Two days later Alexander rode to Black Hill. There had been in the night a storm with thunder and lightning, wind and rain. Huge, ragged banks of clouds yet hung sullen in the air, though with lakes of blue between and shafts of sun. The road was wet and shone. Now Black Alan must pick his way, and now there held long stretches of easy going. The old laird’s quarrel with Mr. Archibald Touris was not the young laird’s. The old laird’s liking for Mrs. Alison was strongly the young laird’s. Glenfernie, in the months since his father’s death, had ridden often enough to Black Hill. Now as he journeyed, together with the summer and melody of his thoughts Elspeth-toward, he was holding with himself a cogitation upon the subject of Ian and Ian’s last letter. He rode easily a powerful steed, needing to be strong for so strongly built a horseman. His riding-dress was blue; he wore his own hair, unpowdered and gathered in a ribbon beneath a three-cornered hat. There was perplexity and trouble, too, in the Ian complex, but for all that he rode with the color and sparkle of happiness in his face. In his gray eyes light played to great depths.
Black Hill appeared before him, the dark pine and crag of the hill itself, and below that the house with its far-stretching, well-planted policy. He passed the gates, rode under the green elm boughs of the avenue, and was presently before the porch of the house. A man presented himself to take Black Alan.
“Aye, sir, there’s company. Mr. Touris and Mrs. Alison are with them in the gardens.”
Glenfernie went there, passing by a terrace walk around the house. Going under the windows of the room that was yet Ian’s when he came home. Ian still in his mind, he recovered strongly the look of that room the day Ian had taken him there, in boyhood, when they first met. Out of that vividness started a nucleus more vivid yet—the picture in the book-closet of the city of refuge, and the silver goblet drawn from the hidden shelf of the aumry. The recaptured moment lost shape and color, returned to the infinite past. He turned the corner of the house and came into the gardens that Mr. Touris had had laid out after the French style.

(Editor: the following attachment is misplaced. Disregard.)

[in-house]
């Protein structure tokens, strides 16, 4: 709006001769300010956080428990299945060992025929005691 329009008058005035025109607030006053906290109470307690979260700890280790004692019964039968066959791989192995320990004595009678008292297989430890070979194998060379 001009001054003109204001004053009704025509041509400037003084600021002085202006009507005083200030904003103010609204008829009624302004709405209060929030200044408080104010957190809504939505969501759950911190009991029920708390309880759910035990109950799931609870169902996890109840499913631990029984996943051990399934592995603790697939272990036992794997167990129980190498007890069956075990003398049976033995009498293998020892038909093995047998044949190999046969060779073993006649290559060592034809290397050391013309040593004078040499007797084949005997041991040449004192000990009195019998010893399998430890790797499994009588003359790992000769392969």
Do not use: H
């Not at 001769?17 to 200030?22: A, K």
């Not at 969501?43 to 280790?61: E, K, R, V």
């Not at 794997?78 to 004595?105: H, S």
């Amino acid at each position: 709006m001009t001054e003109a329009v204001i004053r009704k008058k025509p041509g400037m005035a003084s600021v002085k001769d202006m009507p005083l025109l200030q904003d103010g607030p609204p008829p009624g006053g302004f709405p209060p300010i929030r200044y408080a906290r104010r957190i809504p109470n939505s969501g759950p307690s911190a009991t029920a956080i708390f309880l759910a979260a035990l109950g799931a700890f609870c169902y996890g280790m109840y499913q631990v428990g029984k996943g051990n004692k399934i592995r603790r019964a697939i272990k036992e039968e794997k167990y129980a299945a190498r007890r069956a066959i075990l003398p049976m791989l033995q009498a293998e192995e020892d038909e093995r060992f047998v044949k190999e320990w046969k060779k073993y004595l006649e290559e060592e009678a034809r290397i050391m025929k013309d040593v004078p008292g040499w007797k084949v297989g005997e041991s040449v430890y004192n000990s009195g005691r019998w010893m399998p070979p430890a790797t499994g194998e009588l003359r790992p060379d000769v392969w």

Here by the fountain he discovered the retired merchant, and with him a guest, an old trade connection, now a power in the East India Company. The laird of Black Hill, a little more withered, a little more stooped than of old, but still fluent, caustic, and with now and then to the surface a vague, cold froth of insincerity, made up much to this magnate of commerce. He stood on his own heath, or by his own fountain, but his neck had in it a deferential crook. Lacs—rupees— factories—rajahs—ships—cottons—the words fell like the tinkle of a golden fountain. Listening to these two stood, with his hands behind his back, Mr. Wotherspoon, Black Hill’s lawyer and man of business down from Edinburgh. At a little distance Mrs. Alison showed her roses to the wife of the East India man and to a kinsman, Mr. Munro Touris, from Inverness way.